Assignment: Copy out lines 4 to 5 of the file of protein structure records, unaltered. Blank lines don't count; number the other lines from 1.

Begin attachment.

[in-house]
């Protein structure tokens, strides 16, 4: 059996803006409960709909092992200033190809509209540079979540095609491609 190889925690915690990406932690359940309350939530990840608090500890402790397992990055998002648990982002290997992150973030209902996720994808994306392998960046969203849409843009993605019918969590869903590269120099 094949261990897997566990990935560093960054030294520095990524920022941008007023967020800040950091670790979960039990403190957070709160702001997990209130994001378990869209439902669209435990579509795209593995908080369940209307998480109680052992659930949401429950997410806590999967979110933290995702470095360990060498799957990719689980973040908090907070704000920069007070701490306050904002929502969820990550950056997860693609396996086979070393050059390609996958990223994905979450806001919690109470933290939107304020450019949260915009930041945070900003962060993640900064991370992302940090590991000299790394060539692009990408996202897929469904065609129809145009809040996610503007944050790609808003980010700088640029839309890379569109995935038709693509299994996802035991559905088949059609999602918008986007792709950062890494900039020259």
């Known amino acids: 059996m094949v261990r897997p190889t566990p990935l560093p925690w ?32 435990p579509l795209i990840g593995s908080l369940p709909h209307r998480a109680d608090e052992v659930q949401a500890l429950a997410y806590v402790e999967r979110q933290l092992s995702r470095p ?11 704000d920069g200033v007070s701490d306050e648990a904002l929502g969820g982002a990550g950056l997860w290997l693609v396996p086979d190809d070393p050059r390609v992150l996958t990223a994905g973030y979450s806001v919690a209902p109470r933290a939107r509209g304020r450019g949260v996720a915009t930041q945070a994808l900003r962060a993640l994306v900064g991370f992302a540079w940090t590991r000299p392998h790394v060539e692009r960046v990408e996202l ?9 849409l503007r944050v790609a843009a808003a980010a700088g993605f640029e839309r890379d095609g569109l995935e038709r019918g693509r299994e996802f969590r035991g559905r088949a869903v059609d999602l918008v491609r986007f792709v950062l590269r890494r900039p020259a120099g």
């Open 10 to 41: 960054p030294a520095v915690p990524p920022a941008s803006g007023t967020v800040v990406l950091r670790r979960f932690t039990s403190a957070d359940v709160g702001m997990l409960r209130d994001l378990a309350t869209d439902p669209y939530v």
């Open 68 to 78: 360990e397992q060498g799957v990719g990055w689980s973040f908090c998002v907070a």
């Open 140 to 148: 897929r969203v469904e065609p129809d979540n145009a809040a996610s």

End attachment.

């Open 10 to 41: 960054p030294a520095v915690p990524p920022a941008s803006g007023t967020v800040v990406l950091r670790r979960f932690t039990s403190a957070d359940v709160g702001m997990l409960r209130d994001l378990a309350t869209d439902p669209y939530v």
């Open 68 to 78: 360990e397992q060498g799957v990719g990055w689980s973040f908090c998002v907070a």